sallysensation wrote: ↑
Tue Aug 18, 2020 9:06 am
My NAS: QNAP TS-251+ Running Firmware Version 126.96.36.1991
I use my NAS to store my files and access them locally and remotely. I also run several apps on the NAS that I would like to securely access from the WAN (ex. Home Assistant, and transmission). I currently use MYDDNS and MyQNAPCloud Link to connect remotely using a domain name. I open the required ports on my router. It works, but it does not use SSL and I don't know how secure it is. When I start to read about TLS/SSL certificates I quickly give up because it seems like I don't have the time to invest in that -- it seems incredibly complex. I have also been advised to connect only through a VPN. I use some of the other security features like blocking IP address with several failed login attempts. This is somewhat of an open ended question. I want to make sure my NAS is secure. What steps are most important?
Should I only allow secure TLS/SSL connection? How should I do that without spending weeks learning about network security?
How can I set up VPN access and still be able to quickly access all the apps remotely from my phone or other device? How would that affect things like my plex server which I connect to from several devices locally and from the WAN.
I'm not even sure I'm thinking about this right. Any thoughts and suggestion?
1. If you do not have the time to invest in learning how to securely access your NAS from the Internet, then do not expose your NAS to the Internet.
2. Properly securing the crippled Linux and the insecure QTS user environment (QTS is not an OS) that QNAP provides can be a somewhat complex affair, depending on what you want to do the NAS.
3. PKI is indeed complex, even people that work solely in PKI have trouble sometimes (I manage several aviation related public Certificate Authorities) but generating and installing TLS certificates on a QNAP is not all that complicated, it is just that the steps are very specific for each use case.
4. TLS connections do not protect the NAS from security risks. In this context, TLS is about keeping prying eyes from seeing the username/password combination, that is all, nothing more. The insecure QTS .php files are available whether TLS is used or not.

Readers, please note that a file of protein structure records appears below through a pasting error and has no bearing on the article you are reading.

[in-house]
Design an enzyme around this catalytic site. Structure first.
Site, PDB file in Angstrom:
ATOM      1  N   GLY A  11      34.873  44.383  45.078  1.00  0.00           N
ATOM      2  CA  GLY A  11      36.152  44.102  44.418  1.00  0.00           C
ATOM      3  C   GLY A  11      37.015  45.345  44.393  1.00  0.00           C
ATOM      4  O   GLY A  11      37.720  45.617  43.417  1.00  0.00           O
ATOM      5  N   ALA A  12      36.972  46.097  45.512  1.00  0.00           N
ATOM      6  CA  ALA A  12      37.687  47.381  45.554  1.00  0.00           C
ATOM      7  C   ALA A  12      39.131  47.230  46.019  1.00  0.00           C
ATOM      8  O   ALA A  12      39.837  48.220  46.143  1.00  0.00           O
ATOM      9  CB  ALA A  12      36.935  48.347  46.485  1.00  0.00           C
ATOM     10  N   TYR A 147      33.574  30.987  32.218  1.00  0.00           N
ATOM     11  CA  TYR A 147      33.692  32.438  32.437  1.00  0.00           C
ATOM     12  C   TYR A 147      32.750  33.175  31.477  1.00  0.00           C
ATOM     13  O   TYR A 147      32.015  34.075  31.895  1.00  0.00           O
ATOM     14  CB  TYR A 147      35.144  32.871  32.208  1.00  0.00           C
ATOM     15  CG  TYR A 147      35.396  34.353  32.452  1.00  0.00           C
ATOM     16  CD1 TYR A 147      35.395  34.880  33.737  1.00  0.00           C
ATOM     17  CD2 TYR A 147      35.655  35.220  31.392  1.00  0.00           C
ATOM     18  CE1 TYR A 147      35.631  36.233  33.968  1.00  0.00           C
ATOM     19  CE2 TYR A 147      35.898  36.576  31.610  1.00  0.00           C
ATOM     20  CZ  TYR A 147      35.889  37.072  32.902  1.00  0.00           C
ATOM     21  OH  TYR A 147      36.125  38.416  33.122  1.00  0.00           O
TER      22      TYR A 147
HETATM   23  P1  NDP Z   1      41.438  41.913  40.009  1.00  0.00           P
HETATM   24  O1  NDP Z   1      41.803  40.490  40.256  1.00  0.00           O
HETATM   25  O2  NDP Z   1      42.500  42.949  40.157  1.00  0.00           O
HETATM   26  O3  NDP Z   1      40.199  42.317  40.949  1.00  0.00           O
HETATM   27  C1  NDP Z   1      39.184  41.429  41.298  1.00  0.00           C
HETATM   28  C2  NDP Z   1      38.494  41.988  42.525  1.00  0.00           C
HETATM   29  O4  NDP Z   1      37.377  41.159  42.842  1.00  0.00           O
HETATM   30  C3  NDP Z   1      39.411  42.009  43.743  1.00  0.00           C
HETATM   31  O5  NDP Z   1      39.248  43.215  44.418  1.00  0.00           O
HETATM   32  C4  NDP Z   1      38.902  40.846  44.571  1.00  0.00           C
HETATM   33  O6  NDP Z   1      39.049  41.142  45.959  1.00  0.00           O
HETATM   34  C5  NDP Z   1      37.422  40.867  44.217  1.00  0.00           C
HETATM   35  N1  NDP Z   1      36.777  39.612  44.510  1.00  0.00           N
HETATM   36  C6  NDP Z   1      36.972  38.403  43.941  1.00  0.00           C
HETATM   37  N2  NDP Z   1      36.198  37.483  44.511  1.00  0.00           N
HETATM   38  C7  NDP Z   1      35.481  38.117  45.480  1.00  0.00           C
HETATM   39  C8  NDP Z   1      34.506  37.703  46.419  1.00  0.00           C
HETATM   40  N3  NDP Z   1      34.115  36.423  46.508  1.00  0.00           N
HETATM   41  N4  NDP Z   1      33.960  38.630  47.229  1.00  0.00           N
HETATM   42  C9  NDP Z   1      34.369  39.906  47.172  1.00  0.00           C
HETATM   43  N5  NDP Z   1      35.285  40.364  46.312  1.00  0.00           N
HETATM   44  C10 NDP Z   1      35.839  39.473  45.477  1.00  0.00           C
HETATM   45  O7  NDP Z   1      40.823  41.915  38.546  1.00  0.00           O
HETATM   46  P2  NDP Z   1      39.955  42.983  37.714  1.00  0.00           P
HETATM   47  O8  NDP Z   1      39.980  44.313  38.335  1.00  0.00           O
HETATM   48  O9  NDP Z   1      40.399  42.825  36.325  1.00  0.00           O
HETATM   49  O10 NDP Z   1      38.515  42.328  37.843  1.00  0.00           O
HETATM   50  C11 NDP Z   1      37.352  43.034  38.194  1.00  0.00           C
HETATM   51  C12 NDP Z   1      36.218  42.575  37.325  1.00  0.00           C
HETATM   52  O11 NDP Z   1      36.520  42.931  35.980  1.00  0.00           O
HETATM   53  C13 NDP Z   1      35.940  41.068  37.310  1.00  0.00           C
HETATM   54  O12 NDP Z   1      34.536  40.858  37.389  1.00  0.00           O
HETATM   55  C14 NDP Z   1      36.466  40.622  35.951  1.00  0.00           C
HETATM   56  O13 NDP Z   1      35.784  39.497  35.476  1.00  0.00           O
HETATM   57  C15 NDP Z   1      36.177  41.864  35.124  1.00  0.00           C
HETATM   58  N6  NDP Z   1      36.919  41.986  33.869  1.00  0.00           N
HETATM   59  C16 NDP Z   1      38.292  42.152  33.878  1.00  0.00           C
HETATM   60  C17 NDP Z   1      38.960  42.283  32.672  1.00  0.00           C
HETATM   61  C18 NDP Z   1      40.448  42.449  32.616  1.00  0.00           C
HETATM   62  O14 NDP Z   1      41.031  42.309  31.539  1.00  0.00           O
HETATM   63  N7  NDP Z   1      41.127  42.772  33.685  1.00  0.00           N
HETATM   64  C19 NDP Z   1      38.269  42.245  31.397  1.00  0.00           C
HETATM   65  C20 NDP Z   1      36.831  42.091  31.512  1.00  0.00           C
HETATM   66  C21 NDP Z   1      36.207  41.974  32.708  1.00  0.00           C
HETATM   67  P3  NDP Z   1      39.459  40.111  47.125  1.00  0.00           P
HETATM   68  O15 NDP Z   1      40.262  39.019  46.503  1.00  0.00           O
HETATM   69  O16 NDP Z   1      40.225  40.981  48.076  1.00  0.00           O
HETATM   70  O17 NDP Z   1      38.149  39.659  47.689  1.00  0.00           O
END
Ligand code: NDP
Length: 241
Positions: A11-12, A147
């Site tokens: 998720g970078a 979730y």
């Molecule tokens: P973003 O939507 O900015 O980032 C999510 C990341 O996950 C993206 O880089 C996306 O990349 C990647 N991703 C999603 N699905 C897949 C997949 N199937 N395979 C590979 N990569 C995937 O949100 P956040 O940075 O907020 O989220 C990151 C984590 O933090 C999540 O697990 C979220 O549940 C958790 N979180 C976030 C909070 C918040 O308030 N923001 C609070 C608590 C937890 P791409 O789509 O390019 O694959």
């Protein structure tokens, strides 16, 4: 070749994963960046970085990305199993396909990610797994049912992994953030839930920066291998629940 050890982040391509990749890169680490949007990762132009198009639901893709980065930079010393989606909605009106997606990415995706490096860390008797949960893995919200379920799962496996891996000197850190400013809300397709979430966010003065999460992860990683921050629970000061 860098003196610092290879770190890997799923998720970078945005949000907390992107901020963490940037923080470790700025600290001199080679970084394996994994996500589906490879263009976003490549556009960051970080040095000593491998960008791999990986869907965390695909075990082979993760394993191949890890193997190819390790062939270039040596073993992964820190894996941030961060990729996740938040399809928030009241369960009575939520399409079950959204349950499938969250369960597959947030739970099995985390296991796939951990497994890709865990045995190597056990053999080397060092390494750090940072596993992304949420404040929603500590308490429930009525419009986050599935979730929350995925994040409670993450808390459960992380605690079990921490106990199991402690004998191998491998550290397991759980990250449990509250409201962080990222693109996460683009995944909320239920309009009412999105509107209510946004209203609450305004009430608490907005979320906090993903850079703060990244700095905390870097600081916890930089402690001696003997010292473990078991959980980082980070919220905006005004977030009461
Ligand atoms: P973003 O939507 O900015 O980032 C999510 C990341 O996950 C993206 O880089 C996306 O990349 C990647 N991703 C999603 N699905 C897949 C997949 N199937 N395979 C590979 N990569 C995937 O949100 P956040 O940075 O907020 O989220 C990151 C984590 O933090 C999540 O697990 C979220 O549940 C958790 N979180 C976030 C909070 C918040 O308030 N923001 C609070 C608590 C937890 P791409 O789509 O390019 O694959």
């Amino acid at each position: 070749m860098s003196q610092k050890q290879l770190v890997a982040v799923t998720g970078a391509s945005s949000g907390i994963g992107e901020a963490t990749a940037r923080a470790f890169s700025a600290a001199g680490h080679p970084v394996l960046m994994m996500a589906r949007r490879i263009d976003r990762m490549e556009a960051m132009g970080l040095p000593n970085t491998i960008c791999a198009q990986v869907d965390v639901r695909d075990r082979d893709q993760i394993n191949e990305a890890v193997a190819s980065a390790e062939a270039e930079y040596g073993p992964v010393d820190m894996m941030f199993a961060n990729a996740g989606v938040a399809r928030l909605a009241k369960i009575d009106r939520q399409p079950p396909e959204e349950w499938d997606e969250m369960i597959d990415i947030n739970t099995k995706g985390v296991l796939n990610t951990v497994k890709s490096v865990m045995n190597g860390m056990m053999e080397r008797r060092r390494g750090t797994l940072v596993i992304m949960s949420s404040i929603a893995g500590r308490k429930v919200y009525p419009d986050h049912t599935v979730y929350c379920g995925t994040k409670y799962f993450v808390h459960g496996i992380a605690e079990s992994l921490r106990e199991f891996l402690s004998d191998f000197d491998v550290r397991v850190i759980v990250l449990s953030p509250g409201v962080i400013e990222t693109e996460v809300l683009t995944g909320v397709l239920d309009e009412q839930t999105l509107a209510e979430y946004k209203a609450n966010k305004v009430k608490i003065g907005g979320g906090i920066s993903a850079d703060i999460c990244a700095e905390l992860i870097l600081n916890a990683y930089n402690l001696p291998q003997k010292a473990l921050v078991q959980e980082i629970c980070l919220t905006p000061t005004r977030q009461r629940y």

As for securing your nas, there are a few simple but surprisingly significant (eliminates majority of the security risk) things that need to be done.
1. Disabled UPnP on your router.
2. Disable UPnP on the NAS -- just do not use it!
3. Do not expose the QTS Web Admin login page and any of the QTS applications to the Internet. QTS is just plain insecure!
4. Enable the Network Access protection and block all failed access attempts after 5 times within in one minute.
5. If you must access the QTS Admin webpage and QTS apps from the Internet, then do so only using a VPN. It is preferable that the the VPN endpoint be something other than your Router or NAS, I use a Raspberry Pi as my VPN enpoint (in addition to other things).
As for plex, just install the qpkg (get the latest one from plex.tv, not the QNAP App Centre).
Once installed, you will need to forward tcp port 32400 from your WAN to the NAS. This is the only port forward you will need to do. The Plex server already has its own TLS certificate so secure connections (protects your login info, not the server) are possible as long as secure connections are enforced in plex. To this date, there has been no successful hack against a plex server. Most plex servers are compromised due to poor security practices, such as people installing Tautulli and not securing the web access properly, or having some other insecure pythin app running on the same server as plex and using privilege escalation.
There are a couple of things you can do to secure your plex account.
1. Set a PIN
2. Do not configure your players for auto-login, they should require a PIN every-time the player is started.
3. Periodically check the list of Authorized Devices, clear out old ones.
If you have any plex related questions, ask them on the plex forums, you will get a quicker response and generally much better answers than you will here.